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What it means to be hungry

Heroes Remember

What it means to be hungry

Germany took all the food out of Holland, shipped it to Germany. I still remember, we were at the neighbours and she had some beet pole, sugar beets. Well we made them fine and she cooked them up and kept the sugar out of it and what was left over she cooked it, made a cake out of it, cut them in half and then some apples, made applesauce, put applesauce . . . that was the best cake I ever tasted in my life. We were that hungry. I've seen it, we were living on the channel and a guy came by with a boat with old potatoes, everybody dove off and see if they could find a good potato out of the rotten potatoes. A lot of people they were skin and bone in that time. My dad, he got a hold of a goat, you know and he butchered the goat so we had meats and some lard, you know, to fry in and stuff like that. And there was . . . whatever they got their hands on, you know, they killed it. We lost two dogs! I know, maybe not so nice to say... I had a barber with us, I said, he said to me one day, he says "You," it was in a little store where they sold cigarettes and cigars you know, he said "Did you see that cat?" I said "Yeah." He said "How are you going to get that out of the house?" He said "I don't know but I'm going to try it." Well I came three weeks later to get a haircut, he said "( inaudible )Where's the cat?" "Dammit," he said "he was good and fat!" And he killed it, and he eat it! Dog, there was, you didn't see no dogs either anymore, they were all butchered. Well, you didn't know any better anymore, you didn't know any better. No, you didn't know, that was the problem. And there was . . . well you get, you grow a little bit of potatoes yourself, you know, you get dry potatoes on your plate. Well, there wasn't meat for you, you didn't see anymore. That was one of the biggest problems you know. And a lot of people here can't realize what it is to be hungry. Then I start milking for a farmer and I can drink all the milk I could . . . free. That was a big help. So I milked about 17 cows everyday, every night, you know, after school. And I'd gather maybe a quart of milk in me by the time I got done, and then a quart of milk for mother, you know. And that was . . . that he let us sit there and get the cream off of it, you know to make something else out of it. If you, if you know a family who is really down, with a big family, well you make sure that what you've got to spare you take it over there. Or you . . . well where my girlfriend was living, next door neighbour there was a whole family, it was every night one could come to their place for dinner. Each would get a turn, you know. And that's why you were down you know, communication was fairly good, you know. Well we lived close to a little airfield you know, pretty fair size, and three of us we saw them coming over, the bombers you know. We saw the damn things coming out of the sky and we went way down as close to the airport as we could you know, and we found one of the containers. Tsk, tsk, tsk. We start eating, eating, eating. You got that real fat pork, you know. We had only, a jack knife and fork and you cut the top off, eat it! There was chocolate and everything and I got sicker than a dog. Sick, sick, the diarrhea. We was not used to that kind of food. Cigarettes, we were sitting on the channel and my uncle came by, he said "What'd you guys do?", smoking them, "Where the hell you get the cigarettes?" "Well you want a cigarette?" Well he sat down too and kept smoking and eating away you know. Came from the sky. And that was a lot of stuff was, got dropped there you know and that was collected you know. We got in one, I had rubber boots on and I could hardly work with all the stuff I got in the rubber boots! Well, you were so hungry.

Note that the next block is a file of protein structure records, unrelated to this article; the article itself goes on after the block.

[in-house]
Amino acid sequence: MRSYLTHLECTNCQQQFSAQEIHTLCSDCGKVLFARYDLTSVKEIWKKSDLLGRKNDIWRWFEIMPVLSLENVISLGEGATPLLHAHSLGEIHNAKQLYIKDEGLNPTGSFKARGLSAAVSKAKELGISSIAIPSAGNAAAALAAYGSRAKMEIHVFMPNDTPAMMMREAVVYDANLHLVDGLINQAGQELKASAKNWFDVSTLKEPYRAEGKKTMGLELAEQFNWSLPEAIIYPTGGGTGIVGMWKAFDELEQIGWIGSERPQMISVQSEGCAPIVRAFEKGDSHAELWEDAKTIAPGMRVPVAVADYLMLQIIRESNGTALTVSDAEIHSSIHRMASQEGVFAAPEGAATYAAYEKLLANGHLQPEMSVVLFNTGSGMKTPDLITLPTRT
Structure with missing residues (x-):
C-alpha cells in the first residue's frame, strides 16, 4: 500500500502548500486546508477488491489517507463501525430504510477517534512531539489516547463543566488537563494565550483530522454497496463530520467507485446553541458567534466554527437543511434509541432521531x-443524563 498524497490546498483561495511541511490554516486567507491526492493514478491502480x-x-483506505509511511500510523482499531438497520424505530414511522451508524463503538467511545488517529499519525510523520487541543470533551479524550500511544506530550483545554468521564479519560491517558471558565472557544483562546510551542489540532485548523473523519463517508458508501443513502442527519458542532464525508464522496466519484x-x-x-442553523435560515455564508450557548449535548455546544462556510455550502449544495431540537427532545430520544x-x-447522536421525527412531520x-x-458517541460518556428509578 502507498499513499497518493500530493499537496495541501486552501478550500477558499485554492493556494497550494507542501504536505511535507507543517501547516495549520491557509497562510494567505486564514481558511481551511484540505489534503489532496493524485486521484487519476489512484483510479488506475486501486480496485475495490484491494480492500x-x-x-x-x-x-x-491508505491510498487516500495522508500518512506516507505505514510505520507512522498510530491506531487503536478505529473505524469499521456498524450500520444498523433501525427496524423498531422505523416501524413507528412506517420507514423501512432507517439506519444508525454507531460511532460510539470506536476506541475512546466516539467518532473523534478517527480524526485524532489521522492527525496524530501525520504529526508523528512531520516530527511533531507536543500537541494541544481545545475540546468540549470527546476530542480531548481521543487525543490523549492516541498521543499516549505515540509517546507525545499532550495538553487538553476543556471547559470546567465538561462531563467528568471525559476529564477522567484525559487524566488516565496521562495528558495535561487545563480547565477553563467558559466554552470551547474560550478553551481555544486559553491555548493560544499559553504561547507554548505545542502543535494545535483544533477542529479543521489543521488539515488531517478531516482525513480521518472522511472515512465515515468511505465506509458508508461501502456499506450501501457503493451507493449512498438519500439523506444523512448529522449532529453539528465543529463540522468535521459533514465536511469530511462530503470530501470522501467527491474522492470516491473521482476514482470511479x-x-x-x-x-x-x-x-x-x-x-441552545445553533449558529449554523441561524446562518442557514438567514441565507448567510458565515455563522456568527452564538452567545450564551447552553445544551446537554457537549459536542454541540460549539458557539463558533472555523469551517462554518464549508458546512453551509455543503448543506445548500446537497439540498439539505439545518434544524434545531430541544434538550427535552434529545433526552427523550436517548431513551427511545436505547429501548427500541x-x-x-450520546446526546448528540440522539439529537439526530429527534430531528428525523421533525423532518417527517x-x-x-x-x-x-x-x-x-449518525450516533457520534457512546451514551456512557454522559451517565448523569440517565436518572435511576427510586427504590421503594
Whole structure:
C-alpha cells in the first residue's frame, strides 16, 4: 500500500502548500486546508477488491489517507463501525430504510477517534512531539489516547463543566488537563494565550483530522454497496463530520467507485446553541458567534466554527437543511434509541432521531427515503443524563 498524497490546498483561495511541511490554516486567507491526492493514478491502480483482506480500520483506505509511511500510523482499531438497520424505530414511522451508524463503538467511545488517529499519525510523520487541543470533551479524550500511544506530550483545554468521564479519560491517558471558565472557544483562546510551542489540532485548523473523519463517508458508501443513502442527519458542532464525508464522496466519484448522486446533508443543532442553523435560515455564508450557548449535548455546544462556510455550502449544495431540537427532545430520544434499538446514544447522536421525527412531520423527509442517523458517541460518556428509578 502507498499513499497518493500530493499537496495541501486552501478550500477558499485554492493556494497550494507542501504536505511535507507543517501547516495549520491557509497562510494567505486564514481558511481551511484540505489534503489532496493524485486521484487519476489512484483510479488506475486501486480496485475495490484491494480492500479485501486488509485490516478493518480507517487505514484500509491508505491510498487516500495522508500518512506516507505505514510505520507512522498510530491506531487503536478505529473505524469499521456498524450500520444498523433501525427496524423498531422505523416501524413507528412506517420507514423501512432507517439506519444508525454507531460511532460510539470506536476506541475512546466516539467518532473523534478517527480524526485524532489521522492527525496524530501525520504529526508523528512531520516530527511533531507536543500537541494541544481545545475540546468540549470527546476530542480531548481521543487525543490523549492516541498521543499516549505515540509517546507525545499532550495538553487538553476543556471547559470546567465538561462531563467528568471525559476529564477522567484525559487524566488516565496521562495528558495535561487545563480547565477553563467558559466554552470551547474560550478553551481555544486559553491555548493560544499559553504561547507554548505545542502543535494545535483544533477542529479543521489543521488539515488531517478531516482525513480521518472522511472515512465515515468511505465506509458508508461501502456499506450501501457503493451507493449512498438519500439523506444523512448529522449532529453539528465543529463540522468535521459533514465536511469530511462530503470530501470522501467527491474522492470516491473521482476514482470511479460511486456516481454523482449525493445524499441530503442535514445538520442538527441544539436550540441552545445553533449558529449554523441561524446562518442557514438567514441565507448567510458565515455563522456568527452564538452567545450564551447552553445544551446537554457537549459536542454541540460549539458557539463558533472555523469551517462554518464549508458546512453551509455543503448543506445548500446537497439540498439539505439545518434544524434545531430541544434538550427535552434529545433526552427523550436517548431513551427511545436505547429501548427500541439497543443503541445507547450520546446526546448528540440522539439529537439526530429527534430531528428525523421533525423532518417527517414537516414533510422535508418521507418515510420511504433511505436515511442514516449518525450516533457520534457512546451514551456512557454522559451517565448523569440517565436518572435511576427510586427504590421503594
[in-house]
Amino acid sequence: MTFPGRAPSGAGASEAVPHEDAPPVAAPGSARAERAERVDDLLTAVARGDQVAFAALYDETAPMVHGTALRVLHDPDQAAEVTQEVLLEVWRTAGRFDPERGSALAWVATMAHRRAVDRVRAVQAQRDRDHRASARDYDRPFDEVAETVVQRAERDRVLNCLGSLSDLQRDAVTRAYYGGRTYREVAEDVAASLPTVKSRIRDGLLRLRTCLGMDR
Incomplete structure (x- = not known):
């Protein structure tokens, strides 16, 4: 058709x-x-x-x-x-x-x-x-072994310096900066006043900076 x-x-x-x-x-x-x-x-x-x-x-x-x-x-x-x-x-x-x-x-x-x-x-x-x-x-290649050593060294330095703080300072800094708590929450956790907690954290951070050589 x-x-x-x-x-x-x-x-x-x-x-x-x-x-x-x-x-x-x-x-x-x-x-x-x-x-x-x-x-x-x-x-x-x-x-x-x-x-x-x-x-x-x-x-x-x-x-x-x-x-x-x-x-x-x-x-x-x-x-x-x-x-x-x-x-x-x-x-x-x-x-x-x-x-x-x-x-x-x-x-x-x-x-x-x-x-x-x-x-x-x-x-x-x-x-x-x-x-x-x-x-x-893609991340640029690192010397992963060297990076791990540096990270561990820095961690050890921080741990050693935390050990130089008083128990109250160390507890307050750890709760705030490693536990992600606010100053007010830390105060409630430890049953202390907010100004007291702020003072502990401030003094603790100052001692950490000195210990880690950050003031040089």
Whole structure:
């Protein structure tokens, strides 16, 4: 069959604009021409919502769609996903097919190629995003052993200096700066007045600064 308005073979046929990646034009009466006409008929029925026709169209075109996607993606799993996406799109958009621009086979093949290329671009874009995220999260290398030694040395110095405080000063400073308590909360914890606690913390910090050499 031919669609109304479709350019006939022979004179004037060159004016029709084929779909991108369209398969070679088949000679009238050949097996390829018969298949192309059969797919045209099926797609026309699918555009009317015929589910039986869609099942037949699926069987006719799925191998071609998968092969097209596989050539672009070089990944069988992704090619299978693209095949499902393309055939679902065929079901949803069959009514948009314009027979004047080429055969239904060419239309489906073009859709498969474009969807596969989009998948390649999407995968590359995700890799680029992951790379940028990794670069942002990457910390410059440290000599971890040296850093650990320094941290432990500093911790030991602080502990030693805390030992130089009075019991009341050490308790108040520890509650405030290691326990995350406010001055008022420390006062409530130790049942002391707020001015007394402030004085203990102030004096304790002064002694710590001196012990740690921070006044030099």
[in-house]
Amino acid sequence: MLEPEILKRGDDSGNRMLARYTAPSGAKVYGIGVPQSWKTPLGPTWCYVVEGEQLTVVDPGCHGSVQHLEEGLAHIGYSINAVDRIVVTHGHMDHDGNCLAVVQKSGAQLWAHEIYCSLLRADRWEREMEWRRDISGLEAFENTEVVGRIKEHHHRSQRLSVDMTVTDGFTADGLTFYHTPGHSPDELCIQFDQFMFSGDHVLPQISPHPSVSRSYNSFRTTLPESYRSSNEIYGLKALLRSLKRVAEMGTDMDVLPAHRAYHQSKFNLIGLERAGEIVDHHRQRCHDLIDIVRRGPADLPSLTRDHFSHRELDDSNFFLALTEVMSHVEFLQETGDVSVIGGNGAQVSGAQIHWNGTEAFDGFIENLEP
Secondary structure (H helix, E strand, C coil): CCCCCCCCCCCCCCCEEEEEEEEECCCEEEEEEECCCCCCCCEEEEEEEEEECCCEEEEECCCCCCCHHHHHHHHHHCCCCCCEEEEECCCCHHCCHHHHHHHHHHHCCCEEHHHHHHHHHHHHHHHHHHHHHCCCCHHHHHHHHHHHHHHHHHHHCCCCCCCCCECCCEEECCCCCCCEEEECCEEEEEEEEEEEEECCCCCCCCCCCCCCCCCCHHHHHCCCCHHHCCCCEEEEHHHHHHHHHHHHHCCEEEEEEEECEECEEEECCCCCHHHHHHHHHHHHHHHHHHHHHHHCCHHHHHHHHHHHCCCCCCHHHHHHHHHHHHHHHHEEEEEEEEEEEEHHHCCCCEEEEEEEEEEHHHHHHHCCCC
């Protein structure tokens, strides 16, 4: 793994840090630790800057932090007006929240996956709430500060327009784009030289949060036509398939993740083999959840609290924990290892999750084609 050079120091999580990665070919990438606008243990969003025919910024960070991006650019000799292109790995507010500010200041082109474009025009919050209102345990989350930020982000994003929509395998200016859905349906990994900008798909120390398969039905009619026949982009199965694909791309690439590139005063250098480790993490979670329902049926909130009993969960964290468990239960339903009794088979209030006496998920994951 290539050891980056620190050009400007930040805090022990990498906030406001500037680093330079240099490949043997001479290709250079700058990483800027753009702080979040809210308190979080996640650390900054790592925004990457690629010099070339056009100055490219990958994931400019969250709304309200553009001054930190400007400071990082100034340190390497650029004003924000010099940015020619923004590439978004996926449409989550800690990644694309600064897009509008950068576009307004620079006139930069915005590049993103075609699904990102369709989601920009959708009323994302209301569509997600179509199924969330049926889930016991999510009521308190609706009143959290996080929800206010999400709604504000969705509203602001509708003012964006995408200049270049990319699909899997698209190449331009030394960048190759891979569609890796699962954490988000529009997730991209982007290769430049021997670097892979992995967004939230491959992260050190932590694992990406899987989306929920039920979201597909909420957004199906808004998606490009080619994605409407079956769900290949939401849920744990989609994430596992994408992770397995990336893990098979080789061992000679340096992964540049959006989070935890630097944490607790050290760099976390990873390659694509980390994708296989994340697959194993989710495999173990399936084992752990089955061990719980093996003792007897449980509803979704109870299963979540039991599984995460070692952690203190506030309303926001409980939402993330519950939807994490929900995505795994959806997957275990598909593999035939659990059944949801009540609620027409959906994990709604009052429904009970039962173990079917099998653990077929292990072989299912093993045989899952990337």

Mr. Beukema describes surviving food shortages resulting from the occupation of Holland

Laurens Beukema

Mr. Beukema was born in Forbruk, Holland, in 1927. He and his family lived through the hardships caused by the German occupation and the subsequent joy of liberation by the Canadian army. After serving overseas for three years in the Dutch Army, Mr. Beukema and his wife moved to Canada. Although he visits Holland often, Mr. Beukema is proud to claim Canada as his home.

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Veterans Affairs Canada
Person Interviewed:
Laurens Beukema
War, Conflict or Mission:
Second World War

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